Now what are you going to do about the thief on the Cross? It is interesting that when the “thief on the cross” argument against baptism is dealt with properly most will still not accept baptism for the forgiveness of sins, proving that unbelief rather than a simple, trusting, obedient faith is the real problem. (Remember, no one is so blind as he who will not see!) So, what are you going to do with baptism for the forgiveness of sins? From the Day of Pentecost on, baptism for the forgiveness of sins was clearly proclaimed. See Acts 2:38-39. (There are just too many passages that when properly understood clearly teach the necessary and essential place of baptism for the forgiveness of sins: Matthew 28:18-20; Acts 2:38-41,47; 22:16; Romans 6:1-14; Galatians 3:26-29; Colossians 2:9-15; I Peter 3:20-22; etc. And there are just too many passages that must be understood to involve baptism for the forgiveness of sins: John 3:3,5; I Corinthians 12:13; Ephesians 4:5; 5:26; Titus 3:4-7; Hebrews 10:22; etc.) It is amazing how so many men will do anything to get out of simply doing what God says. If for nothing else, do it for love of God. See John 3:16,19-21,36; 14:15,21-24; 15:10-14; I John 2:3-5; 5:3 … Galatians 5:6 – “the only thing that counts is faith working through love.” (I Corinthians 7:19 – "Doing what God commands is what counts.")
Remember: A faith that will not do (obey) what God says for the reasons God gives is no faith at all!
We are not saved by “faith only” we are saved only by the obedience of faith!
POINT AND COUNTERPOINT: There are a lot of specious arguments made against baptism that only seek to get around what God says. Some of them amount to no more than the “what ifs” that men in all their humanly devised and demonically inspired wisdom invent to justify themselves rather than God. Perhaps one of the most frequently used in conjunction with the thief on the Cross argument is this one: “What if someone dies before they are baptized, will they still be saved?” To this I would kindly reply, “How dare you impugn the justice and mercy and goodness of the sovereign Lord God of All! And how dare you doubt and deny the power of his Word!” See Matthew 22:29; Mark 12:24. Anyone who proposes this argument betrays their sinful unbelief. (May it not be willful!) The plain and simple answer is found in Philippians 1:3-6. Do you see it? Believe it! Beloved, beware the extreme danger of ever trying to trap God in his words by finding some supposed contradiction in his Word. Don’t play that deadly game – you will lose! Consider Romans 3:3-4.
Also, consider the following miscellaneous principles in light of the question of baptism for the forgiveness of sins: When God says that we are saved by grace and when God says that we are saved by faith (Romans and Galatians) and when he says we are saved by works (James) we must accept all as being God’s truth. We must ever seek to respect the principle of the “harmony of faith” (i.e., harmonize all truth with faith) and submit to all of the will of God in every area of our lives … even if there are some things we do not fully understand. See I Corinthians 1:18-31.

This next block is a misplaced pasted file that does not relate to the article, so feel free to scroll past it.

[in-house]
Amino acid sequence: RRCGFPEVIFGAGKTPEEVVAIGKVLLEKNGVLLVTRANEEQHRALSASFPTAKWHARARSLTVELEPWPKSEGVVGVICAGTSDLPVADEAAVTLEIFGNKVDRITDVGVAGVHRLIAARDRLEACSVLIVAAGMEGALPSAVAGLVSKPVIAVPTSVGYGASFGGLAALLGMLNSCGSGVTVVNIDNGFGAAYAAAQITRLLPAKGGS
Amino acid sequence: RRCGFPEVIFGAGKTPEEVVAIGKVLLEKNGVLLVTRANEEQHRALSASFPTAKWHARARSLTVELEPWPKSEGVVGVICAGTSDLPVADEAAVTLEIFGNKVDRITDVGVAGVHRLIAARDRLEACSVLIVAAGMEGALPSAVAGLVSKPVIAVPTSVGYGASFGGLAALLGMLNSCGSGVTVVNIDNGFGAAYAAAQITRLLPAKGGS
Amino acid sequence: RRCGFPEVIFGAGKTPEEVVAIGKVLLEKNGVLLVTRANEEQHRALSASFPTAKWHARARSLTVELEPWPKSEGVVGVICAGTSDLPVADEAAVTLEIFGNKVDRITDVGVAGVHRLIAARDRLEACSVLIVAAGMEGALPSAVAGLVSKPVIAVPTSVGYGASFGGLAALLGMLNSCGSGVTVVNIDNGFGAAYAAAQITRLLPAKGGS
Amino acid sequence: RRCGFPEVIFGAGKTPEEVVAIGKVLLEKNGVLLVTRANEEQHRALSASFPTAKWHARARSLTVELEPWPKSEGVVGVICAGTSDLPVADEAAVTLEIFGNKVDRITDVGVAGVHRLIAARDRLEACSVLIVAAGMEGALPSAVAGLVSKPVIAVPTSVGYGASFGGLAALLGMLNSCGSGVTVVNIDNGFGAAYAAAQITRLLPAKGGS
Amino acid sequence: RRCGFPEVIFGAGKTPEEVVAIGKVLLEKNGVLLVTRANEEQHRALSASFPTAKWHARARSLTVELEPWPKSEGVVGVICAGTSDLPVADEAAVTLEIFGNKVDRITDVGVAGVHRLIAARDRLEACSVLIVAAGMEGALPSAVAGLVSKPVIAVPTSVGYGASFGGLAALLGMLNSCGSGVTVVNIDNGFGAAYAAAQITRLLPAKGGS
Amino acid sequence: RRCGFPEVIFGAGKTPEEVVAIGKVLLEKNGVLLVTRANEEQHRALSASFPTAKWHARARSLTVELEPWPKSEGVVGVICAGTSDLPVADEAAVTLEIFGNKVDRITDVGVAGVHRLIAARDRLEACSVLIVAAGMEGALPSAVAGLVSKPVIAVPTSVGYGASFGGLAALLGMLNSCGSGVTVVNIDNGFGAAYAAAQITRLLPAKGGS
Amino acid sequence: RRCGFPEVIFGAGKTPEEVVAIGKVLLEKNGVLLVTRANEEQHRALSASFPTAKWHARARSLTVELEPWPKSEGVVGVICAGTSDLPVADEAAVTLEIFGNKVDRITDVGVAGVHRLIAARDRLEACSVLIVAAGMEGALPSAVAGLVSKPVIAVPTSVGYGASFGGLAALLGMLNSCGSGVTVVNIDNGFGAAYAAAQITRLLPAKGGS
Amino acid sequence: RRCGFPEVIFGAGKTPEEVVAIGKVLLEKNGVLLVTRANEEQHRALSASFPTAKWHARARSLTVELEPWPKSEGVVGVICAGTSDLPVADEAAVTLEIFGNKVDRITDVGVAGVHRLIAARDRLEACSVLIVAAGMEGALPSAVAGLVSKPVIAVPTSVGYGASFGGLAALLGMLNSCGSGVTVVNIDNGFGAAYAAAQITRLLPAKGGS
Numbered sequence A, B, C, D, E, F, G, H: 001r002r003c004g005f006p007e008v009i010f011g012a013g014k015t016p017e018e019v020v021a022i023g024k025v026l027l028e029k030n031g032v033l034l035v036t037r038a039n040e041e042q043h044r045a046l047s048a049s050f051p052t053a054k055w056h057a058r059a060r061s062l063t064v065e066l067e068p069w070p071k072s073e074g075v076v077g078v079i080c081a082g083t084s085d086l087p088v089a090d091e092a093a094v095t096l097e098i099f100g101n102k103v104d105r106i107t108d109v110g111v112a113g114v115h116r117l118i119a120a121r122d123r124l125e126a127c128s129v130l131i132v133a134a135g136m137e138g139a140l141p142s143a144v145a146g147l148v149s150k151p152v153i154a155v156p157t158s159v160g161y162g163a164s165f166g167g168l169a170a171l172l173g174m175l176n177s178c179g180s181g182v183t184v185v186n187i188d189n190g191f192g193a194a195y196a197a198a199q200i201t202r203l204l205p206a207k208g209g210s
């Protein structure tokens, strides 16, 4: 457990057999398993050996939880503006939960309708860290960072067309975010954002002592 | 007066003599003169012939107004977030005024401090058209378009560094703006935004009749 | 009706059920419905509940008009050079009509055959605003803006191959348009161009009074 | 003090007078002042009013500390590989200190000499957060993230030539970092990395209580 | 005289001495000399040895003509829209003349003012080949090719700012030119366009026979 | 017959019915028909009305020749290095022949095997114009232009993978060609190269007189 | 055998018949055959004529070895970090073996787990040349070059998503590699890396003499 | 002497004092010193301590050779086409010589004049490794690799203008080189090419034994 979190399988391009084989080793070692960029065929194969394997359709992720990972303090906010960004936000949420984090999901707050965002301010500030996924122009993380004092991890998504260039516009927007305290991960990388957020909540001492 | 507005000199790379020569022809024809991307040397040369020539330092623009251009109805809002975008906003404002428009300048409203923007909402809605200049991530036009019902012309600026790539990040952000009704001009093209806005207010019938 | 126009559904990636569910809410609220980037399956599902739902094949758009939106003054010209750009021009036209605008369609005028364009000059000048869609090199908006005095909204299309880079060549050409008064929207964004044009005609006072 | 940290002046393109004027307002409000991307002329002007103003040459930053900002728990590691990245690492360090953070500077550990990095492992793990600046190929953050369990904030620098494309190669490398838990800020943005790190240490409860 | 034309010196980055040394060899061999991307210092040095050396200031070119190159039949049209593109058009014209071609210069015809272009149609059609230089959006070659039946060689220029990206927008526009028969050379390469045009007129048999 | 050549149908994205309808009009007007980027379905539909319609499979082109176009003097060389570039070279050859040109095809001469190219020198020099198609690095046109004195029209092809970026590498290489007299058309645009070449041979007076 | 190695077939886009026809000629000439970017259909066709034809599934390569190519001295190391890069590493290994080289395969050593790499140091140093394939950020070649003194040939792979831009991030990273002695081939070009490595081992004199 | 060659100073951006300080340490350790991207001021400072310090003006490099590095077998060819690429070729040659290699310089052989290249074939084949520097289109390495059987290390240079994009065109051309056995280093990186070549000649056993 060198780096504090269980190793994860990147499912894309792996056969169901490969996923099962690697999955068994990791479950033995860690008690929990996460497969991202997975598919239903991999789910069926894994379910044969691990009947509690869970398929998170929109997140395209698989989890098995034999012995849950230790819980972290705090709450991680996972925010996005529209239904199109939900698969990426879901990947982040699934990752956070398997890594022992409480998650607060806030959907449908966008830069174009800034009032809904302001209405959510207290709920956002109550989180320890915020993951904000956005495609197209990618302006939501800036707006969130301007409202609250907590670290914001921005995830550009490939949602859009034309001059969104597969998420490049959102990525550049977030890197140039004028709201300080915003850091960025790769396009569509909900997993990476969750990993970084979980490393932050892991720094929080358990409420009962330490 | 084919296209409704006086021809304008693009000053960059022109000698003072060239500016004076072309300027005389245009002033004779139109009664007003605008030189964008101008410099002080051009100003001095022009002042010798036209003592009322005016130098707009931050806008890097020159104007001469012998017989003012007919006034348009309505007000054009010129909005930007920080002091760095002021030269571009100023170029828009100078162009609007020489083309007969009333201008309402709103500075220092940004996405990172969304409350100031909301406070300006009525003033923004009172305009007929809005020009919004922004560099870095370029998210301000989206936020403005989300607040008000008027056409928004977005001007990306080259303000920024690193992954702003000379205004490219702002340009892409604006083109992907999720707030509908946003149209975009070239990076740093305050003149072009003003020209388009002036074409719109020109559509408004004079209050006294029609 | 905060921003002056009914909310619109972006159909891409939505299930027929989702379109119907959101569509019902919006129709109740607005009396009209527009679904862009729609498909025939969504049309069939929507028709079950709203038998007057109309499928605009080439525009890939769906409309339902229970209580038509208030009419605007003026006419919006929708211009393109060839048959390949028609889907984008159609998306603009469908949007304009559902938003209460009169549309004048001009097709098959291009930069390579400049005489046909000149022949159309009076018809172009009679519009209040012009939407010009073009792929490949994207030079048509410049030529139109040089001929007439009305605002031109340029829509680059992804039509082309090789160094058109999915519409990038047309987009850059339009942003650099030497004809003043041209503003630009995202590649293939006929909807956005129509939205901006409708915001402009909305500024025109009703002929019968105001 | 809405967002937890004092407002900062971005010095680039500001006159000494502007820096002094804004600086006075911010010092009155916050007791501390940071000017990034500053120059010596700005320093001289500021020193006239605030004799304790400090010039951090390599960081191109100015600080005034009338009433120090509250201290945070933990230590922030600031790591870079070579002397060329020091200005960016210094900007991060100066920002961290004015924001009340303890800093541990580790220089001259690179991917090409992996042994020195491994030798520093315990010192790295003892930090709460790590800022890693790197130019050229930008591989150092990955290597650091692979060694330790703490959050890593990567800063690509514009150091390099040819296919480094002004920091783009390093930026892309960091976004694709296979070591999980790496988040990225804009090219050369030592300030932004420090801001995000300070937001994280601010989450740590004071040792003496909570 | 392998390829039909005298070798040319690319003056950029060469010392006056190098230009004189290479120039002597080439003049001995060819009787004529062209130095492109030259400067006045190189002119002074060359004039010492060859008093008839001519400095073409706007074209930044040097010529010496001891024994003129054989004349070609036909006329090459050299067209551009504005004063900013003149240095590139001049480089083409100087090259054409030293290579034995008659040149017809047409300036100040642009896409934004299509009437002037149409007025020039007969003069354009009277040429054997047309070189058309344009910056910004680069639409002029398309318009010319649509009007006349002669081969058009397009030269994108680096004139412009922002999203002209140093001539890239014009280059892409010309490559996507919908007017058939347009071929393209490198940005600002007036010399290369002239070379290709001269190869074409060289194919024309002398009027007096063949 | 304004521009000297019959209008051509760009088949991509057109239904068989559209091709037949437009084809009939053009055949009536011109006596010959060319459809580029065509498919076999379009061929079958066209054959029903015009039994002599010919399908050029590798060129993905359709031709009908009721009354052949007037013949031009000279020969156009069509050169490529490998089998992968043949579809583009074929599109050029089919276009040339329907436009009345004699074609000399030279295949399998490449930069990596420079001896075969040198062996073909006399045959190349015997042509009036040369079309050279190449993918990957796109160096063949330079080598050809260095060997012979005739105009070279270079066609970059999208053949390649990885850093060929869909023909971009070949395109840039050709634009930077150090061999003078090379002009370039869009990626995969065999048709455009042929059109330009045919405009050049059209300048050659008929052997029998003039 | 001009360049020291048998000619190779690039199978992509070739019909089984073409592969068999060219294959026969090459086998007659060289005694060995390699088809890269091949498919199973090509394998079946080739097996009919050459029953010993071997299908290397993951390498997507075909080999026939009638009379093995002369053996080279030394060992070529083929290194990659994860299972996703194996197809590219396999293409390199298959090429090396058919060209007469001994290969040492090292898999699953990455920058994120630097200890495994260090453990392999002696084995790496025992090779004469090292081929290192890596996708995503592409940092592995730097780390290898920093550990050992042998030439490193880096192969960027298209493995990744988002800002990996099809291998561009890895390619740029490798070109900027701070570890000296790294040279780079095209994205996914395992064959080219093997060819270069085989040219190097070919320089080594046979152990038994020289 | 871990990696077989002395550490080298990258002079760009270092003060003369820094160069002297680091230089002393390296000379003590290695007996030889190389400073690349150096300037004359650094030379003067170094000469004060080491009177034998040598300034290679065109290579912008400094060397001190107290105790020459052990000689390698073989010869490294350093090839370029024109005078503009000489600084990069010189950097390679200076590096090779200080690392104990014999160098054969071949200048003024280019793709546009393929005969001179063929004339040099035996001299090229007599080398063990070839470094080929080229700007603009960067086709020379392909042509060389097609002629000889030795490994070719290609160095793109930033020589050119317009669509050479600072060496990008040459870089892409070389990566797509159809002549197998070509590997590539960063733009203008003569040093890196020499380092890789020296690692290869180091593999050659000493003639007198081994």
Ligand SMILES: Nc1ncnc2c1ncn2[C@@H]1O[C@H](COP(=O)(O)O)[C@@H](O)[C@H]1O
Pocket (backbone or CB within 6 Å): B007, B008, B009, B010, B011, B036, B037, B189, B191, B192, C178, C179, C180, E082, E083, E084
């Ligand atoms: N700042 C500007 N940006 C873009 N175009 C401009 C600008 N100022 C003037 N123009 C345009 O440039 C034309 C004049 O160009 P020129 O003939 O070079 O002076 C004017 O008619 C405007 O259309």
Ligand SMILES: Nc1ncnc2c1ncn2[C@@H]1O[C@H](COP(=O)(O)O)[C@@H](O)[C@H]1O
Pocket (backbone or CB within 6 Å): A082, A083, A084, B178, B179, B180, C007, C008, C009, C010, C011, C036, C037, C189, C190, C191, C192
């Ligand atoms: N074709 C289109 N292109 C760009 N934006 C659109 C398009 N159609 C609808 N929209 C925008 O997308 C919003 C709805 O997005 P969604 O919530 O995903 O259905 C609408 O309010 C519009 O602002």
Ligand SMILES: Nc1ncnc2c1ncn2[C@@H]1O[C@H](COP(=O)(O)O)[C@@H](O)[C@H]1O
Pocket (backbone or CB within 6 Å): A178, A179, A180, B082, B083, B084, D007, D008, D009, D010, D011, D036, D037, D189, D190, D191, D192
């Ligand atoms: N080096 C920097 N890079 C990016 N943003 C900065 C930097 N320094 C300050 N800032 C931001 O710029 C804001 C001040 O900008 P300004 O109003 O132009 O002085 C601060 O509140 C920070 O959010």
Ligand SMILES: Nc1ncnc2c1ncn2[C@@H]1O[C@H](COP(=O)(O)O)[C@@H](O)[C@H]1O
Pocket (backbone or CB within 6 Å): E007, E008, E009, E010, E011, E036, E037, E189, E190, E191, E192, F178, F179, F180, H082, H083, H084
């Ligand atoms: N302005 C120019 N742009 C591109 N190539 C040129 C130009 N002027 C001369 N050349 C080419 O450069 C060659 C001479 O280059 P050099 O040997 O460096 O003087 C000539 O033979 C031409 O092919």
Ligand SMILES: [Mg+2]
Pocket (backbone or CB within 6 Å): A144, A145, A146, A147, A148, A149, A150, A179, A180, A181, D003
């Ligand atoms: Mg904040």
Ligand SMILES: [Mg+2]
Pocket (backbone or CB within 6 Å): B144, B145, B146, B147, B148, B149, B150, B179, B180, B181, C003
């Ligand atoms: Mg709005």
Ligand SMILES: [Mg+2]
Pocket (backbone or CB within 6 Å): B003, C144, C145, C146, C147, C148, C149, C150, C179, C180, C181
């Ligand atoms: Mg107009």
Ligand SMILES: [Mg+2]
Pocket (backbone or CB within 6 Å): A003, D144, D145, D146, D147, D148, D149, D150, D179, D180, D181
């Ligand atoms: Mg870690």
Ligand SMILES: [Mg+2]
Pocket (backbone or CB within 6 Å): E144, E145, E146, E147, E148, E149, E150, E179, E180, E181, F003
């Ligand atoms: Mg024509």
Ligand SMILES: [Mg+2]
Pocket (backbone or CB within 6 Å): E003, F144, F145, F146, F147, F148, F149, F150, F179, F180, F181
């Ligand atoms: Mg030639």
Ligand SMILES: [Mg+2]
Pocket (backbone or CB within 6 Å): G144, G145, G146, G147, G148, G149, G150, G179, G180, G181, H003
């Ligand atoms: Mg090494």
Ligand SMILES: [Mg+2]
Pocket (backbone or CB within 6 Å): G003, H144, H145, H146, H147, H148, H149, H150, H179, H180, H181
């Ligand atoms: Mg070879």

Dear friend, the last thing that we must ever do when it comes to baptism for the forgiveness of sins is to make it a work of man's human effort rather than the working of God and his Spirit. To do so is blasphemy! See I Corinthians 12:13 ? Colossians 2:11-12 (John 3:3-8; Titus 3:3-8). And, it is most foolhardy to obscure baptism by saying that the baptism that saves is only spiritual and figurative and has nothing to do with actual immersion in water. See Acts 8:26-40; 10:47; etc. There is one baptism and that baptism is of "water and spirit." See Ephesians 4:5 and John 3:3,5 ... Titus 3:3-8 cf. Acts 22:16; I Corinthians 6:11; Ephesians 5:25-27. It should be noted that it is only in relatively modern times that the doctrines and dogmas of men have separated saving baptism from water baptism. No matter what men say there is still one and only one baptism and the saving power of baptism lies not in the "water" but in God alone! Consider I Peter 3:21-22 and answer the following question: Which do you believe, "Baptism does not save you" or "Baptism does now save you"? The doctrines of men say that "baptism does not save." But the Word of God says, "baptism does now save you."
It is amazing that those who say they believe in "faith only" don't believe in what the Lord really says about the "obedience of faith" or about "baptism for the forgiveness of sins." If you don't believe that baptism is necessary for salvation, how is it that you "believe" at all? Beloved, think on these things.